“Regardless of what he ever does on the field, I’m proud of the young man he is right now because of who he chooses to be every day. He has always taken the ‘road less traveled’ when others have taken the easy route. The amount of discipline in the weight room and focus is so admirable,” said Stacy Shepherd, who added that Graycen has the biggest heart for people.
“Though it wasn’t easy, he had/has the perspective to understand that any adversity is temporary. That kind of perspective he had to develop at a tender age of 9-10 through his healthy food choices. I’m an adult and I struggle to exercise that practice.”
For Graycen Shepherd, adopting a healthier lifestyle when he was younger – eating almonds for a postgame snack rather than Little Debbie cakes like all his other teammates after a Lil’ Vikes football game, for example – was no small feat. That required great discipline.
As for his knee injury, physical rehabilitation was one thing; overcoming the mental hurdle is another, and that’s a work in progress.
Whitehall football coach Tony Sigmon said that Shepherd has been “very businesslike and workmanlike” this summer in preparation for the season. Viking senior Nate Bolley, one of Shepherd’s closest friends, believes that his buddy will make a very big impact on the field this fall.
“It was really hard last year not having him, but now he’s back and he brings this level back to our team that’s like, ‘OK, it’s on this year,’” said Bolley, whose team returns a ton from last year’s squad that finished 8-3 overall and shared the West Michigan Conference title with Montague and Oakridge. “He sets the tone very well and he has a really good work ethic and it’s great having him year our senior year. It always makes it easier.”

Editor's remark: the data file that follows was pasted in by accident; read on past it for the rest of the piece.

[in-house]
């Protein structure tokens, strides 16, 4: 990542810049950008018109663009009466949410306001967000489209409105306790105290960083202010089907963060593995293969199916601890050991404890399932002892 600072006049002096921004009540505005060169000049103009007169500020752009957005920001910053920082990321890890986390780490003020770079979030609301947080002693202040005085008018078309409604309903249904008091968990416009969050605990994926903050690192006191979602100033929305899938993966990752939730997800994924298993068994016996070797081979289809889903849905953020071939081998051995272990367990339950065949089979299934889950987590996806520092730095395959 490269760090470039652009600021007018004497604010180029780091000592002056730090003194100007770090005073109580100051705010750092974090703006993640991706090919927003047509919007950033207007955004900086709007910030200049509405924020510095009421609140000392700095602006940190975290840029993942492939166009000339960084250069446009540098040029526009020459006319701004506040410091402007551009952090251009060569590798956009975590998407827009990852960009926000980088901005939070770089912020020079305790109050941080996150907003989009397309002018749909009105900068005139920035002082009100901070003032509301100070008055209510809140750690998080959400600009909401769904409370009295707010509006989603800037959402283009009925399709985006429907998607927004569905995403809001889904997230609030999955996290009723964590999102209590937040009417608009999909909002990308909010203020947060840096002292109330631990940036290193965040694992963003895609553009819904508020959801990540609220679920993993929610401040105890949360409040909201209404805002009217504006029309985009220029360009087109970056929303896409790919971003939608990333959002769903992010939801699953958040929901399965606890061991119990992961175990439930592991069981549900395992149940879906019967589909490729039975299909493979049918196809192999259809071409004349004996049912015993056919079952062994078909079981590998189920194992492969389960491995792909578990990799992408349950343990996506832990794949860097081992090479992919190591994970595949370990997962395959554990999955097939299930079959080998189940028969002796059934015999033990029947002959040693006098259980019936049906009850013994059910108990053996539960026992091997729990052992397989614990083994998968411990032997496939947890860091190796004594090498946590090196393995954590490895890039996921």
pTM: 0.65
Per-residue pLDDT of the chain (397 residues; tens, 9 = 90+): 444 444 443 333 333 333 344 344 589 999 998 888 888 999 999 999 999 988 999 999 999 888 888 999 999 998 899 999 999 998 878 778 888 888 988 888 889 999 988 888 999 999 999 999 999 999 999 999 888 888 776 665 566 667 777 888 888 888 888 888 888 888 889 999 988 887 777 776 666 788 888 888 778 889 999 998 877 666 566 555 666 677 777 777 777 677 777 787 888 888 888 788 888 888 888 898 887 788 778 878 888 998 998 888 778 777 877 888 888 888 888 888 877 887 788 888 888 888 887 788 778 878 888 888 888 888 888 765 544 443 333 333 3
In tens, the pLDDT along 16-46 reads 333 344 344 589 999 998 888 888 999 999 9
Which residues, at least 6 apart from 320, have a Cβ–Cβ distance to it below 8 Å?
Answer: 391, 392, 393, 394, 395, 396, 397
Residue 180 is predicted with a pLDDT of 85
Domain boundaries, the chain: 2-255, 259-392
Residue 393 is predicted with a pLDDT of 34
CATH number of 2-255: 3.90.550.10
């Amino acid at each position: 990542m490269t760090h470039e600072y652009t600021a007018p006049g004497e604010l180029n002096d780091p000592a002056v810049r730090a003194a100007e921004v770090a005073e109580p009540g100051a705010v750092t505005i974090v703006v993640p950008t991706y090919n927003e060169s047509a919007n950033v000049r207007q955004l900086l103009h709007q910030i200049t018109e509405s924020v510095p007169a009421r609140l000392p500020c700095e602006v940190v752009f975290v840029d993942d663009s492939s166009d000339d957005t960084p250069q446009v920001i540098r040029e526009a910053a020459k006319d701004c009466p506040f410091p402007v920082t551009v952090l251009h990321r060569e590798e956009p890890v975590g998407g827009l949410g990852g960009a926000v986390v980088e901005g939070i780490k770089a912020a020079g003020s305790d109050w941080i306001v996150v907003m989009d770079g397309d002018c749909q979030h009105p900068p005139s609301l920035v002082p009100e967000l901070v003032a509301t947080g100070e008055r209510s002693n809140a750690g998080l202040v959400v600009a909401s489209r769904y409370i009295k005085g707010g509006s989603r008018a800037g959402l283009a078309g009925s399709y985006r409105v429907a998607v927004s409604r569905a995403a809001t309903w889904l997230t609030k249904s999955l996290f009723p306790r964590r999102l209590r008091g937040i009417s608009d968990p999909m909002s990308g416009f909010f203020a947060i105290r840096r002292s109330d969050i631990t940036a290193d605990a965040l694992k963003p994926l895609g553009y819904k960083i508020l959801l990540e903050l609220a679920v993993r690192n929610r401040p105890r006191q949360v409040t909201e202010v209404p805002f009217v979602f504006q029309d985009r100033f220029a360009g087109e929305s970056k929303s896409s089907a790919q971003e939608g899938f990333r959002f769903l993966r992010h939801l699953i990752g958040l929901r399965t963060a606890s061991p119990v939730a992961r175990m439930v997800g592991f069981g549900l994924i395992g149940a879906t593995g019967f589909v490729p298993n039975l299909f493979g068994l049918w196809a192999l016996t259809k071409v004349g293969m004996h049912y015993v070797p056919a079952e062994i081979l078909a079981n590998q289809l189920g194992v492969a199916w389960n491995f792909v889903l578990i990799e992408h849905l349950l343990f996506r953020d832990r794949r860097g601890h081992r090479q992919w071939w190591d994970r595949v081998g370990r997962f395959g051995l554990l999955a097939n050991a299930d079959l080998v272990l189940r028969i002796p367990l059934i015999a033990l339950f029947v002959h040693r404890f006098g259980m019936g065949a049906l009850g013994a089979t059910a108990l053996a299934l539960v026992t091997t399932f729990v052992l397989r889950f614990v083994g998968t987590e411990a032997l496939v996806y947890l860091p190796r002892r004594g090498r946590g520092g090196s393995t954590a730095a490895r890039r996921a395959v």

Shepherd and the Vikings have lofty goals this season. They are aiming to win the conference title again along with district and regional crowns. A run at Whitehall’s first state football championship is not out of the question in their minds.
But with his experiences and perspective, Shepherd is keeping his priorities in order. He said that the Vikings need to bring a consistent effort to practices and improve a little bit each day, then let the chips fall where they may.
Shepherd does not view high school football as the be-all, end-all, as much as he enjoys it. He also understands that sports should not define him as a person, regardless of where he ends up after Whitehall. Schools such as Air Force and Yale, among others, have also expressed interest.
Faith has played a significant factor in Shepherd’s maturation, he and his parents concur. He said that the knee injury was a big wake-up call, but being told years ago that he’d be accepted and loved no matter what happens has been a game-changer in Shepherd’s thought process and motivation.
He also has that constant reminder: “I Get To.”
“When I was in fifth grade, we were on the weight-loss plan, yogurts and oranges and such. I was talking to my dad outside and I said, ‘You know, I don’t know if I want to do this. I don’t know if I want to play football,’” Shepherd recalled. “And I kind of always felt like he would look at me different if I didn’t play a sport or be active or do anything like that.
“And he looked me and he said, ‘I don’t care if you play chess or water polo or play nothing at all and climb trees, whatever you want to do. I’ll love you and support you no matter what.’ That’s when it was like, ‘OK, now I’m doing this for me.’ That was a pretty big thing.”
/ 11 hours ago
Savanna Owens, Abby Pretty continue to push as Pirates seek a record sixth straight...
/ 2 days ago
Take a trip around the league in Week 5.
/ 2 days ago
Orioles wipe out 14-0 halftime deficit to post 34-14 win in their home opener.